News

Reliance on EPC metrics will hold back better buildings

The Times recently highlighted the carbon load of prominent tall buildings on the London skyline, using data gathered from their Energy Performance Certificates (EPCs). But EPC measurements are often inaccurate and can be a red herring for building performance and sustainability.

Mat Lown, TFT Partner and Head of Sustainability, outlines a more realistic and practical approach to understand building performance.

A recent article in The Times described the ‘CO2 challenge that towers over tall buildings’, by rating key buildings in the London skyline according to emissions, using figures from their energy performance certificates (EPCs). It did so to highlight the need for more action to mitigate carbon load and ultimately environment impact.

While I can’t fault the aims of the piece, its reliance on EPCs is problematic. The EPC has become a widely recognised marker of a building’s energy efficiency, but that doesn’t mean it is a reliable standard. The EPC-based CO2 emissions of the buildings listed in the article could be far greater or lower in reality. In fact, the highest-rated buildings (EPC A+) do not necessarily produce zero carbon in operation.

TFT has examined over 1,000 EPCs in London alone, which have shown the shortcomings of focusing on their ratings in isolation. We found that EPC performance predictions often overlook significant variables, instead making assumptions to ‘standardise’ ratings across different buildings. The result is that EPC certification won’t accurately consider the impact of: actual occupational densities, usage profiles and additional services such as lifts, external lighting and other equipment which isn’t included in its predictions.

EPCs may appear to be a go-to sustainability credential, but these shortcomings mean that EPC adherence must sit alongside a more viable strategy for performance measurement. We believe a more robust approach to sustainability is to assess how buildings perform in use, not just how their designs stack up.

The good news is that more advanced modelling approaches are in use, which will predict a building’s operational performance during design, construction and occupation. Emerging initiatives such as Design for Performance developed by the Better Buildings Partnership (BBP) and based on Australian NABERS experience allow owners and occupiers to understand the reality of how the building will use energy on a day-to-day basis in operation.

It means we can more accurately measure and optimise buildings for an occupier’s needs and regulatory demands, minimising energy use and boosting performance.

The EPC will continue to be a regulatory sticking point which owners will need to overcome when selling or letting. But we must also employ realistic and practical measurement to prevent red herring regulation from holding back progress towards a more sustainable built environment.

Restorative spaces: Birmingham

Giulia Mori, Energy & Sustainability Consultant at TFT, continues to talk about mental health and wellbeing in the workplace and the role of restorative spaces to help us disconnect and revive away from the working environment.

In this series, we’ll explore cities in which we have TFT offices, gauging how each provides restorative space, starting with Birmingham city centre.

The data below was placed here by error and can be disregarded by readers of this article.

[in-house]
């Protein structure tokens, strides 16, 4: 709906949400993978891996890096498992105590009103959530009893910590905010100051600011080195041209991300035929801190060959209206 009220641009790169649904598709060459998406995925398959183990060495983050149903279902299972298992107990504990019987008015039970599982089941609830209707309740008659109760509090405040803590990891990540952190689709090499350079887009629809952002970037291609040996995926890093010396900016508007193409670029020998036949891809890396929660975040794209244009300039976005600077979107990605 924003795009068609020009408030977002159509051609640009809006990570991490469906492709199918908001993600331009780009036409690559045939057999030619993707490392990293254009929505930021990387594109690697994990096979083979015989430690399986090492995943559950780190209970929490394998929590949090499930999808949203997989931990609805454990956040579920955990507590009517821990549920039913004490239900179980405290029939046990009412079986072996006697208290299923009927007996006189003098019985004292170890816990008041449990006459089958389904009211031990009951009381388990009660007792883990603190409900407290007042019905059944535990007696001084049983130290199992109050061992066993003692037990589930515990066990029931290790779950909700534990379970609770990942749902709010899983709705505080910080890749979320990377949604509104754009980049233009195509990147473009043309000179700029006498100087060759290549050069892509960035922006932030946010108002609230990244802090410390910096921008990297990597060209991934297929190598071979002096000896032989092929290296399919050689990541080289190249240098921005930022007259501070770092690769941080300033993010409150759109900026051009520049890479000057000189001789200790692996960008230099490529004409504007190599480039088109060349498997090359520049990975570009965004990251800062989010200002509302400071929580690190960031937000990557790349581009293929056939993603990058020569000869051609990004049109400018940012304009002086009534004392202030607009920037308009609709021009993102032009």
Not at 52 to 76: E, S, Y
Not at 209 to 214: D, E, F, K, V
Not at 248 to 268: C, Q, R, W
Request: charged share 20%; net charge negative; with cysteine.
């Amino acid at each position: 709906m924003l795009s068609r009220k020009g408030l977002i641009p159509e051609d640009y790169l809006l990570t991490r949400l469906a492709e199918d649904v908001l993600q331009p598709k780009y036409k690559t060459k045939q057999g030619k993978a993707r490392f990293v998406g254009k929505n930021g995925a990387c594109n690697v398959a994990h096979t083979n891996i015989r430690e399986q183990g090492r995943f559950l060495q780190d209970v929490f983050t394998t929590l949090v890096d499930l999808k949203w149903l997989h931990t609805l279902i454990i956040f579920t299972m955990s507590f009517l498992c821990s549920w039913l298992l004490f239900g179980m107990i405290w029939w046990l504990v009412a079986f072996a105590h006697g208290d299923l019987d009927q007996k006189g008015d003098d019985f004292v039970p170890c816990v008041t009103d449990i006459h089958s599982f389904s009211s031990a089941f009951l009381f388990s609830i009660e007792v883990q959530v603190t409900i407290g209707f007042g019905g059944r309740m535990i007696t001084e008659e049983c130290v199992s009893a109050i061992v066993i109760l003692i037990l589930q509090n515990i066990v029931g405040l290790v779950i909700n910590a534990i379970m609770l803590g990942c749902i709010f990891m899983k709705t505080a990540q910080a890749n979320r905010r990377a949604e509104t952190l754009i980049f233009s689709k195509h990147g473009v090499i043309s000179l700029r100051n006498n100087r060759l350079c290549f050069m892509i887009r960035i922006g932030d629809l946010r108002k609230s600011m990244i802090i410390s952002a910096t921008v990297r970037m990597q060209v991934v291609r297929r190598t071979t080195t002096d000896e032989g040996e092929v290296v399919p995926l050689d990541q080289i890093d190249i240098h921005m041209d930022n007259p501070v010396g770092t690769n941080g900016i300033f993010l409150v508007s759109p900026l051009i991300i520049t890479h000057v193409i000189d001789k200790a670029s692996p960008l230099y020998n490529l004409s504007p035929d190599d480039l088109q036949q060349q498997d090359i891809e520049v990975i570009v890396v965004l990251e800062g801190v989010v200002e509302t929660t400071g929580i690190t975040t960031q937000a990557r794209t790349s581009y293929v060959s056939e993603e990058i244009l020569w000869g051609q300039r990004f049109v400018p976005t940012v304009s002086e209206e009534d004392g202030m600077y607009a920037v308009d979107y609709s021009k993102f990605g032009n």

Birmingham, the second largest UK city, has a rich working history which grew rapidly after the industrial revolution. It has ancient monuments, conservation areas as well as over a thousand listed buildings, but it is missing something more important to our everyday lives: ample spaces to improve one’s mental and physical wellbeing.

The TFT Birmingham office is located in the middle of the city centre and neighboured by the historic Victoria Square with its pedestrian and cycle access, featuring the Birmingham museum and art gallery and some green space: St Phillip’s Cathedral Square, home to the 18th century Gothic church. There are certainly cultural as well as commercial destinations in the city centre.

There are also areas integrating biophilic features* within the wider city, such as Eastside City Park and the City Centre Gardens, but it is easy to imagine how such a densely built area could do with more public biophilic amenities that might rejuvenate some areas, tempting residents and workers to indulge in a different lunch time walk every day or even encourage them to change their commute. 

The private and the public sector could work together to integrate connected public green space and car free areas to support the wellbeing and activity levels of people living and working in such a central neighbourhood and possibly help mitigating the urban heat island effect and support the local fauna.

One solution is an initiative, such as Wild West End in London, where large property owners are working together to encourage flora and fauna back into central areas of the city by ‘re-wilding’ their rooftops, terraces and other spaces in to better and healthier places for residents, workers and visitors to enjoy. The progress of Wild West End shows that companies need not wait for government intervention to improve spaces, and that one’s own real estate can contribute to a wider impact.

Using supportive biophilic design in our local spaces we can help communities thrive, inside as well as outside the office.

*biophilic features: this includes green features as well as water fountains and use of natural materials such as stone and timber.